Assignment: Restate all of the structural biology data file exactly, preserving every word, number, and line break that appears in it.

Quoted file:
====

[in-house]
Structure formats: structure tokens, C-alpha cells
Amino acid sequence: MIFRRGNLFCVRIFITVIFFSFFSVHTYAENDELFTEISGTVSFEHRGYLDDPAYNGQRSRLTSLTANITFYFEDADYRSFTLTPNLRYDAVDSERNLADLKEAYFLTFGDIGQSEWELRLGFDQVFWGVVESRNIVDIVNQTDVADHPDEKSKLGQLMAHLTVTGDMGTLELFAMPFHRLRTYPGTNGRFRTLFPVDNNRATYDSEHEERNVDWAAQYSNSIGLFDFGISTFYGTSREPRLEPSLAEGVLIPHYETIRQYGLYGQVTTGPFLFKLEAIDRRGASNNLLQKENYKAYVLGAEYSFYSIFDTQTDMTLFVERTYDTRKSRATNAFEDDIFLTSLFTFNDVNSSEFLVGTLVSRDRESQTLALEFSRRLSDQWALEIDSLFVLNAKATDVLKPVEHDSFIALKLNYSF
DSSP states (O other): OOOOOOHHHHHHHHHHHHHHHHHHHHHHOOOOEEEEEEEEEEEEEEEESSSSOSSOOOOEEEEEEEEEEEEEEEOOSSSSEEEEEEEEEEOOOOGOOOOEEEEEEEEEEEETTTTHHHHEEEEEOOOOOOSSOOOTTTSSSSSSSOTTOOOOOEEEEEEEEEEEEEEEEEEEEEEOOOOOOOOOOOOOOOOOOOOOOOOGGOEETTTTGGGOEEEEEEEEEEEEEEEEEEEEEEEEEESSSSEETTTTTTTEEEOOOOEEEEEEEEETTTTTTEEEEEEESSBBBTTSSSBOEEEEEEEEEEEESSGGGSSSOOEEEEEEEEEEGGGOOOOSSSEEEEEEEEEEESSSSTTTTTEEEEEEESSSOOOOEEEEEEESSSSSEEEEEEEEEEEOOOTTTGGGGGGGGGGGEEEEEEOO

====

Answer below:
[in-house]
Structure formats: structure tokens, C-alpha cells
Amino acid sequence: MIFRRGNLFCVRIFITVIFFSFFSVHTYAENDELFTEISGTVSFEHRGYLDDPAYNGQRSRLTSLTANITFYFEDADYRSFTLTPNLRYDAVDSERNLADLKEAYFLTFGDIGQSEWELRLGFDQVFWGVVESRNIVDIVNQTDVADHPDEKSKLGQLMAHLTVTGDMGTLELFAMPFHRLRTYPGTNGRFRTLFPVDNNRATYDSEHEERNVDWAAQYSNSIGLFDFGISTFYGTSREPRLEPSLAEGVLIPHYETIRQYGLYGQVTTGPFLFKLEAIDRRGASNNLLQKENYKAYVLGAEYSFYSIFDTQTDMTLFVERTYDTRKSRATNAFEDDIFLTSLFTFNDVNSSEFLVGTLVSRDRESQTLALEFSRRLSDQWALEIDSLFVLNAKATDVLKPVEHDSFIALKLNYSF
DSSP states (O other): OOOOOOHHHHHHHHHHHHHHHHHHHHHHOOOOEEEEEEEEEEEEEEEESSSSOSSOOOOEEEEEEEEEEEEEEEOOSSSSEEEEEEEEEEOOOOGOOOOEEEEEEEEEEEETTTTHHHHEEEEEOOOOOOSSOOOTTTSSSSSSSOTTOOOOOEEEEEEEEEEEEEEEEEEEEEEOOOOOOOOOOOOOOOOOOOOOOOOGGOEETTTTGGGOEEEEEEEEEEEEEEEEEEEEEEEEEESSSSEETTTTTTTEEEOOOOEEEEEEEEETTTTTTEEEEEEESSBBBTTSSSBOEEEEEEEEEEEESSGGGSSSOOEEEEEEEEEEGGGOOOOSSSEEEEEEEEEEESSSSTTTTTEEEEEEESSSOOOOEEEEEEESSSSSEEEEEEEEEEEOOOTTTGGGGGGGGGGGEEEEEEOO